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Friday, March 18, 2011

Don't Know What To Think

Several months ago, a woman I had been on a forum with for several years was having a baby. It was a girl, but she had list of "just in case" names for boys. Phineas John was one of them. She had lost her son, a stillbirth, a few years before. I thought she was aware of my story and my son's name. Maybe she just didn't pay much attention. It hurt, though. Nate told me how silly I was being about it, but I remained resentful, a fact I am a bit ashamed to admit. The baby was born, it was a girl as expected, but she was the "almost" woman.

Today I found out that I inadvertently became that woman, the one who named a baby the same name as another lost baby. I felt and still feel sick about it. I found this fellow BLM from a fairly well known loss forum where I rarely post but often read. She is more active there so I feel like I should just bow out altogether because I am the witch who stole a dead baby's name.

I can honestly say I did not know this baby's full name. Frederick was a name that we had considered long before and might have used had Phineas not been Phineas. It was a name to honor all of the Freds in my husband's family, and there are many. It was a name I had dreamt about this baby being named. His middle name was one that I hadn't completely wanted, but it was important to Nate and it actually fits better than I thought it would. I feel like it suits him.

I don't know why I feel the need to justify this choice so much. I have long felt that the names of babies that have died hold a special sacred spot in the universe. But then, the name was so right for our little boy. It is hard to reconcile the two, indeed.

It may seem all so strange to outsiders, but I have committed a babyloss taboo. I don't know, I may just end up deleting this post.

3 remarks:

Heather March 18, 2011 at 10:39 AM  

Kathryn, no one who knows you (even those like me who only know you through our computer screens) could ever think you would casually use a name that had been given to someone's lost child, without thought. You did not know, no-one can hold that against you, nor should they.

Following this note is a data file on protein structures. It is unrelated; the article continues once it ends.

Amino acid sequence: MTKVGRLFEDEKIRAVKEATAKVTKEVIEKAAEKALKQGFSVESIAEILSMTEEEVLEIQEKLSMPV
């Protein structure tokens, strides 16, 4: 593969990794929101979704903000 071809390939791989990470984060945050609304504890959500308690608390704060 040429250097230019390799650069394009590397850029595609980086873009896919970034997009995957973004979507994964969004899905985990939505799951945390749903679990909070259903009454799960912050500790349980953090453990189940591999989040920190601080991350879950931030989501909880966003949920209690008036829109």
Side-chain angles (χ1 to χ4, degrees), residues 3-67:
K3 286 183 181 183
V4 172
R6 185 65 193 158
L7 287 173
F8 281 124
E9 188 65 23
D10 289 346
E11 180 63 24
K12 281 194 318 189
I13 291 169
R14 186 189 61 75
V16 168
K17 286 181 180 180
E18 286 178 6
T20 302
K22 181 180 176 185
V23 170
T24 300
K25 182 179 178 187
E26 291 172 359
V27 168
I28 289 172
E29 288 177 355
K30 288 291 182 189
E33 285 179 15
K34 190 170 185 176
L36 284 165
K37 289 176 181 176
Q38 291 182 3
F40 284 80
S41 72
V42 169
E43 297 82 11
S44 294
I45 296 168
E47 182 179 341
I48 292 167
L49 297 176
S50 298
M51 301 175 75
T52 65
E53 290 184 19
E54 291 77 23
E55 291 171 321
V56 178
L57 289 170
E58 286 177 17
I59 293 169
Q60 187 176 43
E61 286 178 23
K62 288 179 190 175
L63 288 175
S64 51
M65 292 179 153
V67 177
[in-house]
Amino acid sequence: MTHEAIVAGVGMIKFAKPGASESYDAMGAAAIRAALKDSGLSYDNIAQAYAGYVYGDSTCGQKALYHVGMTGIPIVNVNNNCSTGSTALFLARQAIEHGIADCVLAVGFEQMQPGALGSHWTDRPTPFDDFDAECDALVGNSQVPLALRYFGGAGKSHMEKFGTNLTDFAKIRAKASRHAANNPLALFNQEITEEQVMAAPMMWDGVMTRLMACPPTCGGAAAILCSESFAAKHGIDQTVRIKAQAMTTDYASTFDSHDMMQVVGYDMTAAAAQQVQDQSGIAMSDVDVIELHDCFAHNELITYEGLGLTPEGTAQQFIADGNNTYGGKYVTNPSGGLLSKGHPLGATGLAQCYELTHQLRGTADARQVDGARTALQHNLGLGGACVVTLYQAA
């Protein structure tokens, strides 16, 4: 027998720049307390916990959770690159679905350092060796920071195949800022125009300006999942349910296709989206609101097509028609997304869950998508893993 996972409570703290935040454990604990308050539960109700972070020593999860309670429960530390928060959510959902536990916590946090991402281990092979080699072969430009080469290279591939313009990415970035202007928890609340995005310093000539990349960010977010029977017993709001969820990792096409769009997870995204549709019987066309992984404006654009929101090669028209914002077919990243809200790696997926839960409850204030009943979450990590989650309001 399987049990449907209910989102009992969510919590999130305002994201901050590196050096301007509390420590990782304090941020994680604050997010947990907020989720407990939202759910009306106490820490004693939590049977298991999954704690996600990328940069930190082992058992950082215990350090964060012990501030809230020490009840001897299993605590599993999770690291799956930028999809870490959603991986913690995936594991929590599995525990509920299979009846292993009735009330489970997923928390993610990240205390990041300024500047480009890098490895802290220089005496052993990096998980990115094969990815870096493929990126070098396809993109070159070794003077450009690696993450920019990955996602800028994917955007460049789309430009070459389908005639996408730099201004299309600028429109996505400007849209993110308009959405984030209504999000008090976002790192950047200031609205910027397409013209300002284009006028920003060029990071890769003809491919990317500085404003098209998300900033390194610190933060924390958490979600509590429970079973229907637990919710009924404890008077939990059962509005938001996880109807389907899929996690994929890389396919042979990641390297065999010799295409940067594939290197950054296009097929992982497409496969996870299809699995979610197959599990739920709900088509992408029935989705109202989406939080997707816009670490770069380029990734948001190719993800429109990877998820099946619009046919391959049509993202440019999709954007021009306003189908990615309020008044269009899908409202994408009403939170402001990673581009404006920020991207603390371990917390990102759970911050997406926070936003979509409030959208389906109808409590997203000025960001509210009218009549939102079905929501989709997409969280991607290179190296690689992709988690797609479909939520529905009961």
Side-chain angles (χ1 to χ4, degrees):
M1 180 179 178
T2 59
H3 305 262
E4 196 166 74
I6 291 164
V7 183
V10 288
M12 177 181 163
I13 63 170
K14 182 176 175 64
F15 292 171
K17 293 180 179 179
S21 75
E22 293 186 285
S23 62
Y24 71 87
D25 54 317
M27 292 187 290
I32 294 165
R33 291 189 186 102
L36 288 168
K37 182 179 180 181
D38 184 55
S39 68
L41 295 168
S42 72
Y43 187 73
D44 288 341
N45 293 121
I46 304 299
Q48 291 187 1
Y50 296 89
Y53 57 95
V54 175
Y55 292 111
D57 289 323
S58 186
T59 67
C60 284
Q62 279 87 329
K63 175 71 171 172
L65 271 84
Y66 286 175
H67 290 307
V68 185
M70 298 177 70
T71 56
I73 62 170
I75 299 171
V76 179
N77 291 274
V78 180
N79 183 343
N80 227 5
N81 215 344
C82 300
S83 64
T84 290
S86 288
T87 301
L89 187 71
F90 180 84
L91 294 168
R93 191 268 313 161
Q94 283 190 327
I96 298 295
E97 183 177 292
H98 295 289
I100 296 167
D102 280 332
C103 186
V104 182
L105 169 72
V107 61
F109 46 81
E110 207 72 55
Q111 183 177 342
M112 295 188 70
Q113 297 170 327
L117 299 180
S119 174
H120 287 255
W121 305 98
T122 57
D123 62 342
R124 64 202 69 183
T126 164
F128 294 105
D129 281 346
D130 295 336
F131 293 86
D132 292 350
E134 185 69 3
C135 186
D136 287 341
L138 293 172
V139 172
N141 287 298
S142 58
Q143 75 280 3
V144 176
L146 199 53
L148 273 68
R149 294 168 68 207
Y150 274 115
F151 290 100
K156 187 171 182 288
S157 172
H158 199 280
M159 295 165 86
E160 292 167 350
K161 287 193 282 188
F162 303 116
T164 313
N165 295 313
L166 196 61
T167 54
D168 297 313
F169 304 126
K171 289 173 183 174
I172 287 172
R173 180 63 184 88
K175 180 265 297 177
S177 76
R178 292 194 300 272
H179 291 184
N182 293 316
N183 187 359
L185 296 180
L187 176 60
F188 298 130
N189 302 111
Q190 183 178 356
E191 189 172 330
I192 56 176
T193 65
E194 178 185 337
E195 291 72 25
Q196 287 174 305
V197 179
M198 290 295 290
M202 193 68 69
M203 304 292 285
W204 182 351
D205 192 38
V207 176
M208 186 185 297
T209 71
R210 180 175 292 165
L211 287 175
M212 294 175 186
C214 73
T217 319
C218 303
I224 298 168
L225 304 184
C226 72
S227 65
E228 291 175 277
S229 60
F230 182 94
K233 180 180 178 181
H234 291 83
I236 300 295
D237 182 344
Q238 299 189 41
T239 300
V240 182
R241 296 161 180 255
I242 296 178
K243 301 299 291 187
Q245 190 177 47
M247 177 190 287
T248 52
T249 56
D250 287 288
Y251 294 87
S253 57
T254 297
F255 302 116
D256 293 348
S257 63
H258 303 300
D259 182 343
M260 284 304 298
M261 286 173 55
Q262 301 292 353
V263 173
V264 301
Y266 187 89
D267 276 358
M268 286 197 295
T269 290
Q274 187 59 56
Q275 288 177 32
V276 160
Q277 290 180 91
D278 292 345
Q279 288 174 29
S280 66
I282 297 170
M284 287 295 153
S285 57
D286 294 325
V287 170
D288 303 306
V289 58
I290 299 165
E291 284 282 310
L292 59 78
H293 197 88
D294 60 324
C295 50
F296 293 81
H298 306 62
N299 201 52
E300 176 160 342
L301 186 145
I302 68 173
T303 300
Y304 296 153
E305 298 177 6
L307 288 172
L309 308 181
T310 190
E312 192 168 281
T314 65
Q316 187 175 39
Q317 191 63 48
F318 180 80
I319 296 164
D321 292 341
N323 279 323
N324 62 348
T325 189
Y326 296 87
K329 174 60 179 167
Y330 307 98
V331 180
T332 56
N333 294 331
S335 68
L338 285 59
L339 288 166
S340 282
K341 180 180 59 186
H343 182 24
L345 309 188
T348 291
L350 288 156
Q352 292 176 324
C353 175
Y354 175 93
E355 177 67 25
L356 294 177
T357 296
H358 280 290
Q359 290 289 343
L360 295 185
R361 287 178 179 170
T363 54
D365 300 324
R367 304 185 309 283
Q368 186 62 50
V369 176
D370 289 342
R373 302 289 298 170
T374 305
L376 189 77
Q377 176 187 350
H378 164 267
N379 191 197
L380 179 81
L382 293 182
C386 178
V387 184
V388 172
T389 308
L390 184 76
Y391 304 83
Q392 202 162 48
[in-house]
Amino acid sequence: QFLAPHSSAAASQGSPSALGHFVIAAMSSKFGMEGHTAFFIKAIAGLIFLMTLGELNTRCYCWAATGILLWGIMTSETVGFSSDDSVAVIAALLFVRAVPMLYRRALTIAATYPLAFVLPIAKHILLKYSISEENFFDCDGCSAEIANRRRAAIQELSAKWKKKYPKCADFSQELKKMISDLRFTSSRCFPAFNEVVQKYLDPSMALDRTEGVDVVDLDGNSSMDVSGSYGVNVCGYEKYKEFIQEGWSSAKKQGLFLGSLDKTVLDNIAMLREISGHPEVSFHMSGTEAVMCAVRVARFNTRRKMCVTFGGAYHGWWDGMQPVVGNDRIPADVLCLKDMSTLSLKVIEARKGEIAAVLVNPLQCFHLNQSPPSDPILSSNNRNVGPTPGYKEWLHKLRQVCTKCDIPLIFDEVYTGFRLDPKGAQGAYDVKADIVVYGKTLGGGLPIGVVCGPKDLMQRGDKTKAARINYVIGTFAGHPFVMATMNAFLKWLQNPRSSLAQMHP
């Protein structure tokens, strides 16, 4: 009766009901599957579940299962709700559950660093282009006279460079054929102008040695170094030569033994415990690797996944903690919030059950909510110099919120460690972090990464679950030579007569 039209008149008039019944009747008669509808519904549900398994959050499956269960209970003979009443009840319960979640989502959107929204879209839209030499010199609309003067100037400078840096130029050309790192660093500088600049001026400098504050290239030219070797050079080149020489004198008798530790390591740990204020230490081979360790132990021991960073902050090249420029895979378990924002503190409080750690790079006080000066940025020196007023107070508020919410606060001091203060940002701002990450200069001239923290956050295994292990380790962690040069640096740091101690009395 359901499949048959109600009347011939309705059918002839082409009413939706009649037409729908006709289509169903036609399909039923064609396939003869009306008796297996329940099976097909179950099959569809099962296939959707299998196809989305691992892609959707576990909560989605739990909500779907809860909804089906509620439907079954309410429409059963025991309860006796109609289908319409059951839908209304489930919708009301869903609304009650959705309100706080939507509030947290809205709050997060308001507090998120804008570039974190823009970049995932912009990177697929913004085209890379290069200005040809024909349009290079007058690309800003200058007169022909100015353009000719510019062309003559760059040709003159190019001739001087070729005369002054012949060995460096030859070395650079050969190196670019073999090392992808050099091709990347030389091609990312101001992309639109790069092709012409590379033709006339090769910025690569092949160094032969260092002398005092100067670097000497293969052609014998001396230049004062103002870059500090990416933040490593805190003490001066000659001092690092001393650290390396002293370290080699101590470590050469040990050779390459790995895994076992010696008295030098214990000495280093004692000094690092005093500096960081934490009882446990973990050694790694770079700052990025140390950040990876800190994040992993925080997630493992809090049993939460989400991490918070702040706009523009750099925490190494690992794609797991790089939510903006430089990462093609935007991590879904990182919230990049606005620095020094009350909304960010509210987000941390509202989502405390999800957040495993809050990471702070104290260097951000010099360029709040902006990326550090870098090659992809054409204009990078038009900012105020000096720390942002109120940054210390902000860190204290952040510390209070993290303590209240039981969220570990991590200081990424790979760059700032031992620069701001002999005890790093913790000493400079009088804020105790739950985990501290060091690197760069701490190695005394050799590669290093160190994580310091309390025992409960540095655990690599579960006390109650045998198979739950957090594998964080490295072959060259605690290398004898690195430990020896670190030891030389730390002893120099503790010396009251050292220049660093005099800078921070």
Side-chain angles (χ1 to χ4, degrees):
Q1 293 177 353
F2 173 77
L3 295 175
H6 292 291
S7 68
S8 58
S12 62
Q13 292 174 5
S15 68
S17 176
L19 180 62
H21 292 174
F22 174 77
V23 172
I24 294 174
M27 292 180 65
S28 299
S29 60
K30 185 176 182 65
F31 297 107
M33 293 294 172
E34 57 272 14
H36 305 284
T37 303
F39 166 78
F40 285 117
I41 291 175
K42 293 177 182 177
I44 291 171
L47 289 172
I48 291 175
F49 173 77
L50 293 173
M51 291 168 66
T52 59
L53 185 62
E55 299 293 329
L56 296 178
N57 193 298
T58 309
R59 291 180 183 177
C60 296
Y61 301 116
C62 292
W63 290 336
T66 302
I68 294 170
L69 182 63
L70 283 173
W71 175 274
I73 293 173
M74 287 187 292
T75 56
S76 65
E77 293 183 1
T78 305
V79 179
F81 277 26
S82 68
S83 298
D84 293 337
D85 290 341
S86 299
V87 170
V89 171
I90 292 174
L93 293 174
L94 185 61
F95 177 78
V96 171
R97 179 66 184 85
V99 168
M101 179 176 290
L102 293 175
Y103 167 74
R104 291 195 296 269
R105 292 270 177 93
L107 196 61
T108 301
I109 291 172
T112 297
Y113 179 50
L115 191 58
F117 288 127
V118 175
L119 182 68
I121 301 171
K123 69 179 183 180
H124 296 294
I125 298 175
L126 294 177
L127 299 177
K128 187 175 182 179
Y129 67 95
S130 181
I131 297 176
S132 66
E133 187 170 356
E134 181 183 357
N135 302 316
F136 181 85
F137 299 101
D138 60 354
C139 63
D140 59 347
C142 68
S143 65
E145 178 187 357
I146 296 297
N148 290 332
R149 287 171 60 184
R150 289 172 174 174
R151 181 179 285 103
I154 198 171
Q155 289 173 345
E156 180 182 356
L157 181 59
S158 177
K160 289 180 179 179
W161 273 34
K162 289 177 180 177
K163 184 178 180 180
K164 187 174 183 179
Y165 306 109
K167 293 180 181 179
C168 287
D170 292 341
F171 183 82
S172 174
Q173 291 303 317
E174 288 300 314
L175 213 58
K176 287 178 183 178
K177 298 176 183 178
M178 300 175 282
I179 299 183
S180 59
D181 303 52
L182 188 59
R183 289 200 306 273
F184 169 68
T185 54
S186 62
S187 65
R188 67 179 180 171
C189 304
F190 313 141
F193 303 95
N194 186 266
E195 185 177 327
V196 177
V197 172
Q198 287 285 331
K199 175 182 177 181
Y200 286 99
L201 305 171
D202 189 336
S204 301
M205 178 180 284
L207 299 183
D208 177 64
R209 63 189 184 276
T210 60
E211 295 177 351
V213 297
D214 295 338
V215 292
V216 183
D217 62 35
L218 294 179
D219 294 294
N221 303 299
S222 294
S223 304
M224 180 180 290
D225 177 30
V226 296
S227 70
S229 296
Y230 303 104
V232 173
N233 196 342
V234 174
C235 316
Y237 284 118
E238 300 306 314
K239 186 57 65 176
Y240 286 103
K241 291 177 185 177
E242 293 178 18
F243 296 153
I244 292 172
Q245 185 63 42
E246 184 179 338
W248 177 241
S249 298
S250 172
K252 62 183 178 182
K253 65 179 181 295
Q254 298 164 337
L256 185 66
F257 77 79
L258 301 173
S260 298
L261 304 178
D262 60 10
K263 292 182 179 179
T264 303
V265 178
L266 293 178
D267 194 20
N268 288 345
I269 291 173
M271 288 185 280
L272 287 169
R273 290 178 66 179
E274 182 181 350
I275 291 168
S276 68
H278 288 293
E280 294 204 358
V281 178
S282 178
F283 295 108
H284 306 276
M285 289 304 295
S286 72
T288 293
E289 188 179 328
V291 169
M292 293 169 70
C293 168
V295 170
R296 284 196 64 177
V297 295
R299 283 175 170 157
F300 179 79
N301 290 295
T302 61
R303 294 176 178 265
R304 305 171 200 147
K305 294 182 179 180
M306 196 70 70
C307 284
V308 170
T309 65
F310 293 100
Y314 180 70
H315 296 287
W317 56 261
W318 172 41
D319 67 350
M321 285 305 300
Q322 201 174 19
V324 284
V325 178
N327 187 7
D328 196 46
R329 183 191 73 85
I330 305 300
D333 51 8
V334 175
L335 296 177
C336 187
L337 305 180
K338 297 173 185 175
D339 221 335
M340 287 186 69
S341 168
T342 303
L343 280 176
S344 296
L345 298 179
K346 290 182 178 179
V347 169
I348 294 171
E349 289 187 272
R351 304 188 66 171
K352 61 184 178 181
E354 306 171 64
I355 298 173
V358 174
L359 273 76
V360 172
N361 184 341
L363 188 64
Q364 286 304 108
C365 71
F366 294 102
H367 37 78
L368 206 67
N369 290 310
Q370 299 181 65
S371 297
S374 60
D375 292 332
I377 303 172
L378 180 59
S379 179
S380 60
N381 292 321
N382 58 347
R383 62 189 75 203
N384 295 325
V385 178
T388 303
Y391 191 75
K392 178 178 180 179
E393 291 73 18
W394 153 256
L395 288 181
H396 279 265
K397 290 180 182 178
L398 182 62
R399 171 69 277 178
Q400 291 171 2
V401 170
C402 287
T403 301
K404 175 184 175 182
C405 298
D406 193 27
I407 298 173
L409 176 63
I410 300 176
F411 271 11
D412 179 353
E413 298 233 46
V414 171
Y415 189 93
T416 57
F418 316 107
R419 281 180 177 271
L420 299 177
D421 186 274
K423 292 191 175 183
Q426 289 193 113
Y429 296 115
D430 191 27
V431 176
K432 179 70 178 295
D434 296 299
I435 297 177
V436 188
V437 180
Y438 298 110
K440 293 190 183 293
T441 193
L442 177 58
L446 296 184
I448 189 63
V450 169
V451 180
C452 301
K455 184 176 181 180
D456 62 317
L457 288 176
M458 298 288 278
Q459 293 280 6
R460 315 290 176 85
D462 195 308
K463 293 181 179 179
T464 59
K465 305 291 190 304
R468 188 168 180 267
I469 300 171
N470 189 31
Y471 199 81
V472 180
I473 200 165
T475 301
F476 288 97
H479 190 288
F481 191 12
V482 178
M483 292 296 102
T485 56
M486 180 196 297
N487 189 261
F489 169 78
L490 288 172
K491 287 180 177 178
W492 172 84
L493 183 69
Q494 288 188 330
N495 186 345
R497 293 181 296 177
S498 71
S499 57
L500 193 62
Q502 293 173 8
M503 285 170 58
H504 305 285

Anonymous,  March 18, 2011 at 10:47 AM  

I think you're right about names being sacred. But I'm not sure that they're any less sacred because they're shared.

My grandmother used to call herself second-hand Rose. She had an older sister who died before she was born, also named Rose. In their era, baby names were routinely handed on in such circumstances. Today that feels heartless or maybe just odd.

I'm not really sure how to say this - it is as if there's a thread connecting the individual and the name. The thread is what we should value - the act of choosing, believing, loving. And the thread remains, no matter what happens to either of us.

Just as you wrote that you might delete your post, I hesitate to submit this comment - but you're talking about something that no one dares talk about, and it is incredibly powerful.

Kathryn March 18, 2011 at 7:13 PM  

Thanks, Heather! That really means a lot.

Abby, I decided to keep the post up based on what you said. I think you are totally right. Stillbirth and neonatal death used to be much more common (my great grandmother and her mother lost four babies each), and names were often reused.

Now, it is pretty uncommon to lose a baby. Most people are afraid even to mention your child to you. Using a name again would seem crazy to most.

I understand this woman's position and wanting to avoid additional painful reminders. I have them too.

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